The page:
(5) Comment: We received a comment stating that the lack of a recovery plan for the species, combined with the voluntary nature of the existing Conservation Agreement and the fact that only 18 years remain in the current agreement, means that adequate protections are not provided to the species in the absence of the protections of the Act.
Our Response: Recovery plans provide roadmaps to species recovery, but are not required in order to achieve recovery of a species or to evaluate it for delisting. Recovery plans are also nonbinding documents that rely on voluntary participation from landowners, land managers, and other recovery partners. Additionally, we have no information to suggest that UDWR, SITLA, and UDOT will not continue to act in good faith according to the Conservation Agreement as it exists. A listing decision must consider actions taken by States to provide for the conservation of a species. Lack of continued implementation of the Conservation Agreement or large changes in management practices in the species' habitat by the State of Utah may result in reevaluation of the status of Deseret milkvetch.
(6) Comment: We received one public comment stating that the projected development rates in Utah County are likely to negatively impact Deseret milkvetch habitat to the degree that would constitute a species-level threat; thus, delisting the species at this time is not appropriate.
Our Response: We agree that residential development in Utah County is increasing and that the patterns of such development are not entirely predictable. However, we have no information to suggest that development within Deseret milkvetch occupied habitat on private lands is imminent. Furthermore, development is prohibited within the Birdseye Wildlife Management Unit, which represents the majority of the known population. For additional detail, see our threats analysis under A. The Present or Threatened Destruction, Modification, or Curtailment of Its Habitat or Range.
(7) Comment: We received a public comment stating that we should not delist Deseret milkvetch due to our lack of information regarding the species, particularly in the areas of population biology, population viability, genetics, phenology, and response to stressors.
Our Response: We utilized the best scientific and commercial information available for this species in our determination. We conclude that enough information is available for Deseret milkvetch and its stressors to adequately evaluate its status. Should additional research or post-delisting monitoring in the future provide information that indicates our evaluation is in error or, the species' status has declined since delisting, we would reevaluate the status of the species based on this information.
Determination of Species Status
Section 4 of the Act (16 U.S.C. 1533), and its implementing regulations at 50 CFR part 424, set forth the procedures for determining whether a species meets the definition of “endangered species” or “threatened species.” The Act defines an endangered species as any species that is “in danger of extinction throughout all or a significant portion of its range” and a threatened species as any species “that is likely to become an endangered species within the foreseeable future throughout all or a significant portion of its range.” The Act Start Printed Page 52784requires that we determine whether a species meets the definition of “endangered species” or “threatened species” because of any of the following factors:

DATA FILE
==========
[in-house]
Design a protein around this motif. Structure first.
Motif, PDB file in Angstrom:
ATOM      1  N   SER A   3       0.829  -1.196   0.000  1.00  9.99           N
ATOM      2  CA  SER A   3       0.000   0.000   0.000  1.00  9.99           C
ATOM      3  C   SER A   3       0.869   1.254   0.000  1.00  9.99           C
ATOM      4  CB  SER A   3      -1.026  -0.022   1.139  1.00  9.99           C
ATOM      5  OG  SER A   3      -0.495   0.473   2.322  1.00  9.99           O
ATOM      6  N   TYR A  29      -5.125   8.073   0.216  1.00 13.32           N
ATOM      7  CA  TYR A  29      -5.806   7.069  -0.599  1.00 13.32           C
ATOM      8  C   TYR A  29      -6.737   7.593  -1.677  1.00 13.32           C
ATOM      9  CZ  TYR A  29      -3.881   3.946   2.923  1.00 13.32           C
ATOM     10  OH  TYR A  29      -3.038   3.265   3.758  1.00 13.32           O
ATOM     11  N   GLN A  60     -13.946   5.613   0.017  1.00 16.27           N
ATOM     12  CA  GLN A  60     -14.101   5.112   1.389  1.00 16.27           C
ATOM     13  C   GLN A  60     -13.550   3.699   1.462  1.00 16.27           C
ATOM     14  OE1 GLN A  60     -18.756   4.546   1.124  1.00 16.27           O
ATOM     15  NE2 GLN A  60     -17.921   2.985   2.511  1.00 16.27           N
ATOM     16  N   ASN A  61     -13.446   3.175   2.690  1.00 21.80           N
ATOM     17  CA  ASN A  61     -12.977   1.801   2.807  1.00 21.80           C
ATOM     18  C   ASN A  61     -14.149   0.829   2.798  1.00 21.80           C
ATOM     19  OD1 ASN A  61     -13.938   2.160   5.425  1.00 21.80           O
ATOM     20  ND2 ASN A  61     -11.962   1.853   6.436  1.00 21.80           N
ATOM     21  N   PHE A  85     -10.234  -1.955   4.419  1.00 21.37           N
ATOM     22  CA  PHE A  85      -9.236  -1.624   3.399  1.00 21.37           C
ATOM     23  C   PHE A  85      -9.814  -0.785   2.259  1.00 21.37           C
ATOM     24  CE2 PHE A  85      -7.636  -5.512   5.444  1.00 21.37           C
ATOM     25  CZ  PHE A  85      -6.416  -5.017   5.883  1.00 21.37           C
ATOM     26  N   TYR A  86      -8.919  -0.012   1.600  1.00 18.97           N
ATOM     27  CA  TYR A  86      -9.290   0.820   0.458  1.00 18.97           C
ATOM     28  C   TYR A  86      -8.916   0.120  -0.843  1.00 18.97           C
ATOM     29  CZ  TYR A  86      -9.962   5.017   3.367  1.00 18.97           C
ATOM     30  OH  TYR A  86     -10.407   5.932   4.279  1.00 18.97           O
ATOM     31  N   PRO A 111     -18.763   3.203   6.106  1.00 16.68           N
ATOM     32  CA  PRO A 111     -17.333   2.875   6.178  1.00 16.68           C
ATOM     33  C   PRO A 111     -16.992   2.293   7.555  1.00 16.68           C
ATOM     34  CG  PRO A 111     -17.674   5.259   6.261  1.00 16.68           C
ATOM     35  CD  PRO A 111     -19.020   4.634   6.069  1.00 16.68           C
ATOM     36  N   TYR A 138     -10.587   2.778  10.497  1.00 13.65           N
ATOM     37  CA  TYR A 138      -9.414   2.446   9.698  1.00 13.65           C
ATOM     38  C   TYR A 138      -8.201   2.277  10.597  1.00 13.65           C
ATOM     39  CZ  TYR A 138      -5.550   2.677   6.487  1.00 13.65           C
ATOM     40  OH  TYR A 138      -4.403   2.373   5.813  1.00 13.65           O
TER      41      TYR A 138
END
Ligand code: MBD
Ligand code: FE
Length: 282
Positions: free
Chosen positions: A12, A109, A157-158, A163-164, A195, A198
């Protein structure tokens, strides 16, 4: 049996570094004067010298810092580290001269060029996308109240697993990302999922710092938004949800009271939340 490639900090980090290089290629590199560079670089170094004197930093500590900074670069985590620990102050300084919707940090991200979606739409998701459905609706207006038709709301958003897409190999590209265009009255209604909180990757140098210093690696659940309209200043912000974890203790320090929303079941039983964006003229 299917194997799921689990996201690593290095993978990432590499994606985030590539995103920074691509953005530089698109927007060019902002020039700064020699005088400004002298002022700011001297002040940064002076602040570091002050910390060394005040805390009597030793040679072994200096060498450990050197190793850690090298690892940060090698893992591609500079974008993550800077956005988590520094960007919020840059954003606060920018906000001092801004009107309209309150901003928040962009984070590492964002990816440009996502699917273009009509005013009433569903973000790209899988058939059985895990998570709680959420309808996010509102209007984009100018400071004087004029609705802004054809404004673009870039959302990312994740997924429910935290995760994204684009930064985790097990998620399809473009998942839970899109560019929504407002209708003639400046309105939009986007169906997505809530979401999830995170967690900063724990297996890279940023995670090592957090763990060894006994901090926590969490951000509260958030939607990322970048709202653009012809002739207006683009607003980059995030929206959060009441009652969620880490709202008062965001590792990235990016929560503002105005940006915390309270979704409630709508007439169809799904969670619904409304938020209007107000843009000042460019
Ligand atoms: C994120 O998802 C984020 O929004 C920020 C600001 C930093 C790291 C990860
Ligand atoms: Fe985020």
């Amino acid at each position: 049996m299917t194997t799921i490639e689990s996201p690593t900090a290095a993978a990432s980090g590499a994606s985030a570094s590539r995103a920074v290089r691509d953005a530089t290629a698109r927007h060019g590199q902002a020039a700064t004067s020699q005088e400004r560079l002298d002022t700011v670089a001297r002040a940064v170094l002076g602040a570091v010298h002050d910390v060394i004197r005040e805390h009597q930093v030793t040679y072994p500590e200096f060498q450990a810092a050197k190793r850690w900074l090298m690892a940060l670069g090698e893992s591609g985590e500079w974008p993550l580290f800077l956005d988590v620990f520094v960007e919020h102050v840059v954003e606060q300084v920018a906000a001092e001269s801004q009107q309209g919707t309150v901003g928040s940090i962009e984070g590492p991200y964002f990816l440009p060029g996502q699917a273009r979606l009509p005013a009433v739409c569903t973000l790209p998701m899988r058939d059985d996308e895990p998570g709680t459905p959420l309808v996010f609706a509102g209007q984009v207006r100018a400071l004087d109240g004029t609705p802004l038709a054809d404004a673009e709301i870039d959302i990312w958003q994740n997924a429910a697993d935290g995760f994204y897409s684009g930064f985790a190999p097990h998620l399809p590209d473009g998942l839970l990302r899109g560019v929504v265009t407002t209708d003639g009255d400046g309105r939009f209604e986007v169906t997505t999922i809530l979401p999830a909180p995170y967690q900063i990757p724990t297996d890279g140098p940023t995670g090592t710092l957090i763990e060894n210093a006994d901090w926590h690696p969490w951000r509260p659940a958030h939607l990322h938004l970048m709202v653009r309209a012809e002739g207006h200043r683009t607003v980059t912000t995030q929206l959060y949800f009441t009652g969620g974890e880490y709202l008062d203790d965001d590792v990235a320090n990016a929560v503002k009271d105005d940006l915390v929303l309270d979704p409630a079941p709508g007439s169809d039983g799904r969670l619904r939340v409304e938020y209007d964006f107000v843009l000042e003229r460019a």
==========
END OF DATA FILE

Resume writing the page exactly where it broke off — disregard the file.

(A) The present or threatened destruction, modification, or curtailment of its habitat or range;
(B) Overutilization for commercial, recreational, scientific, or educational purposes;
(C) Disease or predation;
(D) The inadequacy of existing regulatory mechanisms; or
(E) Other natural or manmade factors affecting its continued existence.
The same factors apply whether we are analyzing the species' status throughout all of its range or a significant portion of its range.
Determination of Status Throughout All of Deseret Milkvetch's Range
We conducted a review of the status of Deseret milkvetch and assessed the five factors to evaluate whether Deseret milkvetch is in danger of extinction, or likely to become so in the foreseeable future, throughout all of its range. We also consulted with species experts and land management staff with UDWR and UDOT who are actively managing for the conservation of the species. We carefully assessed the best scientific and commercial information available regarding the past, present, and future threats to the species. We considered all of the stressors identified at the time of listing (1999) as well as newly identified potential stressors such as mineral development, transmission lines, and climate change. As previously described, the stressors considered in our five-factor analysis fall into one or more of the following categories:
- Stressors including residential development, highway widening, and livestock grazing and trampling have not occurred to the extent anticipated at the time of listing, and existing information indicates that the extent of the impact will not change in the future.
- Stressors including highway maintenance, livestock grazing, transmission lines, and mineral development are adequately managed through the Conservation Agreement.
- The species is tolerant of stressors including climate change, rarity, stochastic events, and cumulative effects, and existing information indicates that this tolerance will not change in the future.